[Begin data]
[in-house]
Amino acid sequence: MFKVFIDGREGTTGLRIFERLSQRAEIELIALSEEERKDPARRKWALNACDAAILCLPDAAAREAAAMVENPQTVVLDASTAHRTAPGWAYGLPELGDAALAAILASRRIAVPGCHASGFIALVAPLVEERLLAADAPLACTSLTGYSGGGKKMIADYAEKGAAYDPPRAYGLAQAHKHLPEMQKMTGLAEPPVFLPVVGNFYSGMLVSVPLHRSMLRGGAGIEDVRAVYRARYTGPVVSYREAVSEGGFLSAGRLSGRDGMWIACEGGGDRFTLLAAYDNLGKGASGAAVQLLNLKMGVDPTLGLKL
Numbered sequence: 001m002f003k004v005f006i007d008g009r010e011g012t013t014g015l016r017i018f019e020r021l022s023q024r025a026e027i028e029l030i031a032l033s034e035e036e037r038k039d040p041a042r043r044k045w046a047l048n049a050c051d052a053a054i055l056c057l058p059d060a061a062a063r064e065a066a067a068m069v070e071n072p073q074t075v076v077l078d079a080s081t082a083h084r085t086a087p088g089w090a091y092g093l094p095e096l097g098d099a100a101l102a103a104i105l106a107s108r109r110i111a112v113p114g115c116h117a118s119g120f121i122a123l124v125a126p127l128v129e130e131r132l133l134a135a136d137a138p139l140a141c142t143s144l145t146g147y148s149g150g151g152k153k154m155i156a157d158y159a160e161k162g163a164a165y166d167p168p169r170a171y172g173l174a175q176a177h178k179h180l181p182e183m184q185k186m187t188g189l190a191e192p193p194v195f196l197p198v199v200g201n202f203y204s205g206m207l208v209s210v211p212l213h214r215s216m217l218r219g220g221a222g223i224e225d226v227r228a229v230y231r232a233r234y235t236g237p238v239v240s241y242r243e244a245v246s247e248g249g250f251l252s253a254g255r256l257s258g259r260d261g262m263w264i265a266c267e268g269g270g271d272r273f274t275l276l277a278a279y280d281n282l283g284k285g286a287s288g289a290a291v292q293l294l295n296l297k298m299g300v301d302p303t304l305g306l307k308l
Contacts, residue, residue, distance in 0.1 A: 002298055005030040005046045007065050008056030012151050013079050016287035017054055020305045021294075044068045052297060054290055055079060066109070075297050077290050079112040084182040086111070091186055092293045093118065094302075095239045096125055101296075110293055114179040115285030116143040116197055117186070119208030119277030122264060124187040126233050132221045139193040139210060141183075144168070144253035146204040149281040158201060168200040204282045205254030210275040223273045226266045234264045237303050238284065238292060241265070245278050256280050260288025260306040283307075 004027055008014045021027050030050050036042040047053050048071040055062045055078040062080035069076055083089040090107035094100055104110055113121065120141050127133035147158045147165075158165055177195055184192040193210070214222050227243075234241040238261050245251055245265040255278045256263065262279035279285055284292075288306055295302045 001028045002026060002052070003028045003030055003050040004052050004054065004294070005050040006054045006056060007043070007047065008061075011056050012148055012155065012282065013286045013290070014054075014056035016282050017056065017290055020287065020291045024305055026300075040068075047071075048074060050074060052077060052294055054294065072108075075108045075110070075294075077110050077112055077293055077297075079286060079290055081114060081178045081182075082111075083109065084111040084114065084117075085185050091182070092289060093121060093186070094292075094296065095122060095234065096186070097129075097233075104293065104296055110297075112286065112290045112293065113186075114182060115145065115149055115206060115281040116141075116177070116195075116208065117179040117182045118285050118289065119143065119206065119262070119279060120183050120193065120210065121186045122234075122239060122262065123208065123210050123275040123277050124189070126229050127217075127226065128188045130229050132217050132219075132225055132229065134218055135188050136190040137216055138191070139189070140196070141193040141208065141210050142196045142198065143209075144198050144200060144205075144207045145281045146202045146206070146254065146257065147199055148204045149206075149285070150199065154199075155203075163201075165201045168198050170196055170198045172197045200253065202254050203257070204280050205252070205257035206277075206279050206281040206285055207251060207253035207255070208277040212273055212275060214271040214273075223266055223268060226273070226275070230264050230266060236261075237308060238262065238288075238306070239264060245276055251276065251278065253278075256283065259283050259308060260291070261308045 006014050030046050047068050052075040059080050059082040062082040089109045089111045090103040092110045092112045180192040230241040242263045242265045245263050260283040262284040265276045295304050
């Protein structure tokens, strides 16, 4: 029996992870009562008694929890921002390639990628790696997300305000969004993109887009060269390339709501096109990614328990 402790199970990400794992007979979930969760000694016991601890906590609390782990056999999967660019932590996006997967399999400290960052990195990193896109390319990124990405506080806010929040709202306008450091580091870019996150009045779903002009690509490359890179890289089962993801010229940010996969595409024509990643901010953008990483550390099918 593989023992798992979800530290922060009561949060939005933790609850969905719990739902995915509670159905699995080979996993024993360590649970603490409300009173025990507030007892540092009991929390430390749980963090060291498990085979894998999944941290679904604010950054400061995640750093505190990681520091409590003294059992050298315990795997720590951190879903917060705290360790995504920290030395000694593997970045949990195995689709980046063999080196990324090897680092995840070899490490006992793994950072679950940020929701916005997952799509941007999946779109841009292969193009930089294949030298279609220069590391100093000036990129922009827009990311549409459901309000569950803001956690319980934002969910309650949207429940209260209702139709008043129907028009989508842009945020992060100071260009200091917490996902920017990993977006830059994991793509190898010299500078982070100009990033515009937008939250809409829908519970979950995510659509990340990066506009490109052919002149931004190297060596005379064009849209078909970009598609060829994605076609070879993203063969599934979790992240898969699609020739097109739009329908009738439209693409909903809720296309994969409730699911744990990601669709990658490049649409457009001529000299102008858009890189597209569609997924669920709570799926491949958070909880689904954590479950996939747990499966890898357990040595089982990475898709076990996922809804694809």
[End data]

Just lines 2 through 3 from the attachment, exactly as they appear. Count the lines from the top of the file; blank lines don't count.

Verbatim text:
Amino acid sequence: MFKVFIDGREGTTGLRIFERLSQRAEIELIALSEEERKDPARRKWALNACDAAILCLPDAAAREAAAMVENPQTVVLDASTAHRTAPGWAYGLPELGDAALAAILASRRIAVPGCHASGFIALVAPLVEERLLAADAPLACTSLTGYSGGGKKMIADYAEKGAAYDPPRAYGLAQAHKHLPEMQKMTGLAEPPVFLPVVGNFYSGMLVSVPLHRSMLRGGAGIEDVRAVYRARYTGPVVSYREAVSEGGFLSAGRLSGRDGMWIACEGGGDRFTLLAAYDNLGKGASGAAVQLLNLKMGVDPTLGLKL
Numbered sequence: 001m002f003k004v005f006i007d008g009r010e011g012t013t014g015l016r017i018f019e020r021l022s023q024r025a026e027i028e029l030i031a032l033s034e035e036e037r038k039d040p041a042r043r044k045w046a047l048n049a050c051d052a053a054i055l056c057l058p059d060a061a062a063r064e065a066a067a068m069v070e071n072p073q074t075v076v077l078d079a080s081t082a083h084r085t086a087p088g089w090a091y092g093l094p095e096l097g098d099a100a101l102a103a104i105l106a107s108r109r110i111a112v113p114g115c116h117a118s119g120f121i122a123l124v125a126p127l128v129e130e131r132l133l134a135a136d137a138p139l140a141c142t143s144l145t146g147y148s149g150g151g152k153k154m155i156a157d158y159a160e161k162g163a164a165y166d167p168p169r170a171y172g173l174a175q176a177h178k179h180l181p182e183m184q185k186m187t188g189l190a191e192p193p194v195f196l197p198v199v200g201n202f203y204s205g206m207l208v209s210v211p212l213h214r215s216m217l218r219g220g221a222g223i224e225d226v227r228a229v230y231r232a233r234y235t236g237p238v239v240s241y242r243e244a245v246s247e248g249g250f251l252s253a254g255r256l257s258g259r260d261g262m263w264i265a266c267e268g269g270g271d272r273f274t275l276l277a278a279y280d281n282l283g284k285g286a287s288g289a290a291v292q293l294l295n296l297k298m299g300v301d302p303t304l305g306l307k308l